Commuter Parking Versus Transit-Oriented Development: Evaluation Methodology

Document Type

Journal Article

Publication Date


Subject Area

infrastructure - station, land use - transit oriented development, land use - planning, policy - parking, economics - appraisal/evaluation, place - urban, mode - rail, mode - mass transit, mode - subway/metro, mode - car


Urban planning, Transportation policy, Transit oriented development, Transit operating agencies, Transit lines, Transit, Town planning, San Francisco Bay Area Rapid Transit District, San Francisco (California), Ridership, Railroad commuter service, Rail transit stations, Rail transit, Public transit lines, Public transit, Patronage (Transit ridership), Parking places, Parking lots, Parking garages, Parking facilities, Parking areas, Metropolitan area planning, Mass transit lines, Mass transit, Local transit, Land use planning, Decision making, Commuters, Commuter rail, Community planning, City planning, Case studies, Car parks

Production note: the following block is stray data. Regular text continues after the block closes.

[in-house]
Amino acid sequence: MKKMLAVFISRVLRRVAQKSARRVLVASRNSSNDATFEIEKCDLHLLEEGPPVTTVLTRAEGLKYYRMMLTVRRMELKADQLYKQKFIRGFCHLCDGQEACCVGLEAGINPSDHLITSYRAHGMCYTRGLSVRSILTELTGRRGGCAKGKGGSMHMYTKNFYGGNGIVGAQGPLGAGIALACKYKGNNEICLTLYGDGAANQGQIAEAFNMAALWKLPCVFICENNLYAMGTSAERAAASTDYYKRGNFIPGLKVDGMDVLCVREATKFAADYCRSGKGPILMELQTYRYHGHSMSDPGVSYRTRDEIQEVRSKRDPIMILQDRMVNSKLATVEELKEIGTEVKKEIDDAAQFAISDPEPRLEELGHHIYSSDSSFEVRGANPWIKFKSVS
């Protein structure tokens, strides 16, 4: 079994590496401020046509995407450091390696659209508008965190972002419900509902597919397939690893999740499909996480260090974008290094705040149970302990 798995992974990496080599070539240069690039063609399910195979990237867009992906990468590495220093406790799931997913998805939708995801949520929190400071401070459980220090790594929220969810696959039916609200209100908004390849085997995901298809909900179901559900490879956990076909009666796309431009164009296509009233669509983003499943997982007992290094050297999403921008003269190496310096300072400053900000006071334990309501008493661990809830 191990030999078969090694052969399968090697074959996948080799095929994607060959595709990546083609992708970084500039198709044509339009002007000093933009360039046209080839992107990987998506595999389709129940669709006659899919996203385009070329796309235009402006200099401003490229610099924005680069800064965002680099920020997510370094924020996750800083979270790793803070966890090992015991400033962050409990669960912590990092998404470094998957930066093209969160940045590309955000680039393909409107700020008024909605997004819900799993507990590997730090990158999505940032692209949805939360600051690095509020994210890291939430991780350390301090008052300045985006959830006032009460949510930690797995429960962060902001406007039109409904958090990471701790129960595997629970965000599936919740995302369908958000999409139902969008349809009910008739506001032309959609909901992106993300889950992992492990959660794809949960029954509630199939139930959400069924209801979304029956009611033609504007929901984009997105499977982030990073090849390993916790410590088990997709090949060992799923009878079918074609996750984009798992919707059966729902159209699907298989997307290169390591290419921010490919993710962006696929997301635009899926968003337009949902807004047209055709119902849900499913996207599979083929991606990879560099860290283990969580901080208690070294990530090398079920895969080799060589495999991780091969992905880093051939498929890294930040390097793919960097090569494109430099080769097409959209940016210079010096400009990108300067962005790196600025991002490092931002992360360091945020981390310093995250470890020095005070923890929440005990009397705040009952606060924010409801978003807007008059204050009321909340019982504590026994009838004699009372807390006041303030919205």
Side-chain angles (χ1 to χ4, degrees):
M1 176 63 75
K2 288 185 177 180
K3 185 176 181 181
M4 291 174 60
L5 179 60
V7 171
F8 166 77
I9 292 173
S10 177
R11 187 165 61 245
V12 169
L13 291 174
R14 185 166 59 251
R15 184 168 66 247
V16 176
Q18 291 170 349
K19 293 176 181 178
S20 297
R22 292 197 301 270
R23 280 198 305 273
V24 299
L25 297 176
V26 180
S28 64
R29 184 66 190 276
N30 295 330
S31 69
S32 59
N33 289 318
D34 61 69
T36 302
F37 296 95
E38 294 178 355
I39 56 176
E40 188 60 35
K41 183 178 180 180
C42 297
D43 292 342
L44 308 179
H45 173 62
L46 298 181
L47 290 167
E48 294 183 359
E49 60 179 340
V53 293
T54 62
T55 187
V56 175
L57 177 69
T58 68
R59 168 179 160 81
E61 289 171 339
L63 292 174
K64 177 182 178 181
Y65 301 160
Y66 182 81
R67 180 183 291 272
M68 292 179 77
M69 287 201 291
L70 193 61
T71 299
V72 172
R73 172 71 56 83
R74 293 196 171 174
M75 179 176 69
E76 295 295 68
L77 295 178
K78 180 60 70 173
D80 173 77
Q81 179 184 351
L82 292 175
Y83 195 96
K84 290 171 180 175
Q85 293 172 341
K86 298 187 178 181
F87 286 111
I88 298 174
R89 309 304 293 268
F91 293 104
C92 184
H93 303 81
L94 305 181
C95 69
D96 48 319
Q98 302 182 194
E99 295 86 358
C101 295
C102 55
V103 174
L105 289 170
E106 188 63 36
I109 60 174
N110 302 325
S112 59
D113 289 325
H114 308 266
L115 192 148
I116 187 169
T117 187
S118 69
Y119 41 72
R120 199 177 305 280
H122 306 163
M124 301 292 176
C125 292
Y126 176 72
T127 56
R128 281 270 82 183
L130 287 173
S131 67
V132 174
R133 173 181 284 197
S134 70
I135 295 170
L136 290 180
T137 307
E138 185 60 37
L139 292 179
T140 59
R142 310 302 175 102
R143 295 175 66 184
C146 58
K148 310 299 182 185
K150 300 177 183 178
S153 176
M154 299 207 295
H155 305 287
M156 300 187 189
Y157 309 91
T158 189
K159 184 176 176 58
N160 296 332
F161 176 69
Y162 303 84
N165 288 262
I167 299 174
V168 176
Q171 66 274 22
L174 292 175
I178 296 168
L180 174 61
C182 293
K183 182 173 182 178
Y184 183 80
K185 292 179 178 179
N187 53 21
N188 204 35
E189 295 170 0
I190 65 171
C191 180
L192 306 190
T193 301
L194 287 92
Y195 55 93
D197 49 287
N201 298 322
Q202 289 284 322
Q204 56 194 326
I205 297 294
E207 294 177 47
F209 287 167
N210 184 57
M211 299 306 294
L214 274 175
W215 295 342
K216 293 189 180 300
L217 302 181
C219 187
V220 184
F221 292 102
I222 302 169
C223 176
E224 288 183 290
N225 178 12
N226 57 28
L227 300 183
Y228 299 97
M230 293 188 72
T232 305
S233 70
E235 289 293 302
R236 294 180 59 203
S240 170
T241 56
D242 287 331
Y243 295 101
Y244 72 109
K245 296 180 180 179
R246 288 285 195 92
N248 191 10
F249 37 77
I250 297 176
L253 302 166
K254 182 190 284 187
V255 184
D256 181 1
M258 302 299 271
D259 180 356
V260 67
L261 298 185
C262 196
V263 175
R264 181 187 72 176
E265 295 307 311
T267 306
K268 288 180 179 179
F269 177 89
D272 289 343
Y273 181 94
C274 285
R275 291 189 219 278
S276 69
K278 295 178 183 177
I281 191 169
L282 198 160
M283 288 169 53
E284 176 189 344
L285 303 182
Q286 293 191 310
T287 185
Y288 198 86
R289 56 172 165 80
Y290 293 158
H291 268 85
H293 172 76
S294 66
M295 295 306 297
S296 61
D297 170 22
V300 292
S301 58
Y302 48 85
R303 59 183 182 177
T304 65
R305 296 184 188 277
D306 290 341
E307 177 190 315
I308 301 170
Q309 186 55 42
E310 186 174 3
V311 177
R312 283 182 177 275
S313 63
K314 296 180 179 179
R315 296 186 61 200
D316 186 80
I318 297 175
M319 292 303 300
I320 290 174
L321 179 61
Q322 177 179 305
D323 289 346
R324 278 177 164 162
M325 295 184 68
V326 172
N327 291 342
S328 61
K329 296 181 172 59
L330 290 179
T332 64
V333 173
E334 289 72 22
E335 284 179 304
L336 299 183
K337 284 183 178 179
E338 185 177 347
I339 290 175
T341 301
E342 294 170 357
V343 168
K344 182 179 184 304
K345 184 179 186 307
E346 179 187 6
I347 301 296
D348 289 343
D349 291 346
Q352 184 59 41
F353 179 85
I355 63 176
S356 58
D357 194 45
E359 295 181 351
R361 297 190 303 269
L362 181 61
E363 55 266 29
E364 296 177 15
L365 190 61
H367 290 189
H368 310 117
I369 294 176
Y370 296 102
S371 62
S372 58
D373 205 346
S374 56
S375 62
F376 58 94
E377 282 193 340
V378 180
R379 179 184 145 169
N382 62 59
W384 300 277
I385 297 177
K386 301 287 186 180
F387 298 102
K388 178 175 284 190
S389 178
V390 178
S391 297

Transit agencies face a tension between providing commuter parking at rail stations and encouraging transit-oriented development (TOD) on the land the parking occupies. This paper describes a multiobjective model designed to facilitate decision making about TOD and commuter parking. The model, developed by the San Francisco Bay Area Rapid Transit District (BART) in California to facilitate station planning and development, examines ridership impacts, fiscal impacts, and qualitative factors. The analysis shows the conditions under which positive ridership and fiscal outcomes occur if BART deviates from its practice of requiring one-to-one replacement of commuter parking. Using the MacArthur and San Leandro stations as case studies, the analysis reveals the substantial opportunity cost of retaining transit agency land in surface parking as well as the sensitivity of results to local conditions and policy. The spreadsheet-based methodology is adaptable to a wide variety of situations. The paper concludes with observations about how this model affected perceptions and policy deliberations of transit agency staff and elected officials.